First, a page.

• Decompression surgery, which can be performed from the front or back of the neck
    • Laminectomy is performed from back of the neck, removes part of the vertebra (neck bone) and relieves pressure on your spinal cord. Our surgeon may use metallic plates and screws to prevent slippage of one vertebra over another.
    • Spinal cord decompression from the front is performed by removing bone and a disc or discs and fusing vertebrae.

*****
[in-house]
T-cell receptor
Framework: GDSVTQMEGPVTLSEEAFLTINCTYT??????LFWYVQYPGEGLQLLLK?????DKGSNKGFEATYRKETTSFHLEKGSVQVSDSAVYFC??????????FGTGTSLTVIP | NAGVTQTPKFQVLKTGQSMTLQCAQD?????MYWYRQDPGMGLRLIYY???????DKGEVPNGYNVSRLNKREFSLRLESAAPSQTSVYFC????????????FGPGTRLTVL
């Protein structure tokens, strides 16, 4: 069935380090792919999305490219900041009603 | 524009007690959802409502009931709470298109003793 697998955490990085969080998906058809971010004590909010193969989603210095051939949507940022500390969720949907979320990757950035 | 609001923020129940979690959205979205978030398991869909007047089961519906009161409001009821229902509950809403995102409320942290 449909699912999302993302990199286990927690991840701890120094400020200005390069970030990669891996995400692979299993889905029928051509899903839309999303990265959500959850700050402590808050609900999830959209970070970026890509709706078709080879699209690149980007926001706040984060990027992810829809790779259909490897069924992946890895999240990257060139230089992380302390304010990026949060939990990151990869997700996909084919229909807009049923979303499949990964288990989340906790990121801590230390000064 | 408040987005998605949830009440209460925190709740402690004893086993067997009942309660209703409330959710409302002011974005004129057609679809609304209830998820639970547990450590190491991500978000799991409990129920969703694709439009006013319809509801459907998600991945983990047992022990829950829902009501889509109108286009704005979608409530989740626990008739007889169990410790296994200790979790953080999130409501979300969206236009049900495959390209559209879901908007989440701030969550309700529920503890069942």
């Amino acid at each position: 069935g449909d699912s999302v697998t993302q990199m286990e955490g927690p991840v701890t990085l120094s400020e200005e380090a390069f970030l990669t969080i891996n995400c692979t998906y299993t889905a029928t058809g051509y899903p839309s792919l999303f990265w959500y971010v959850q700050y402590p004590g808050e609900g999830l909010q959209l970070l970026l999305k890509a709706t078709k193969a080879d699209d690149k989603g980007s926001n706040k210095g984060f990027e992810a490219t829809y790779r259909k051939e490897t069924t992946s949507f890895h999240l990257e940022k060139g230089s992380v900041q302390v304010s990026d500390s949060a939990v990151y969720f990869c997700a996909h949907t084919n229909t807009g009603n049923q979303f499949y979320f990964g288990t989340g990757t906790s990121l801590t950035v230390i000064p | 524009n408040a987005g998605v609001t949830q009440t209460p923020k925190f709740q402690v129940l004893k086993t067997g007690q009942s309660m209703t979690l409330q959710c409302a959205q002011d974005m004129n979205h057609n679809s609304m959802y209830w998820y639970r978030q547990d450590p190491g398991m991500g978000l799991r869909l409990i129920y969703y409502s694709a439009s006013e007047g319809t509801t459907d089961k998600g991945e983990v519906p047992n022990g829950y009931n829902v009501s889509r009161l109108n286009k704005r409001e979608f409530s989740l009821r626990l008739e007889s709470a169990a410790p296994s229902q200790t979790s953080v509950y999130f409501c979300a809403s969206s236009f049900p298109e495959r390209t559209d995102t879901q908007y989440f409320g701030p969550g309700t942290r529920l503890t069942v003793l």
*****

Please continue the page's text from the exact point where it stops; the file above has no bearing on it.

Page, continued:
• Spinal fusion surgery is sometimes used in the laminectomy procedure to fuse vertebrae and restore stability to the spinal column; for cord decompression from the front, spinal fusion and using metallic plates and screws are always part of the procedure.

Why choose Ohio State for treatment of cervical spinal stenosis and myelopathy?

Francis Farhadi, MD, PhD, explains the diagnosis of spinal stenosis and the treatment options that are available at Ohio State Spine Care.



Ohio State performs innovative research in the laboratory, as well as through clinical trials. 

Enroll in a clinical trial

Areas of focus include: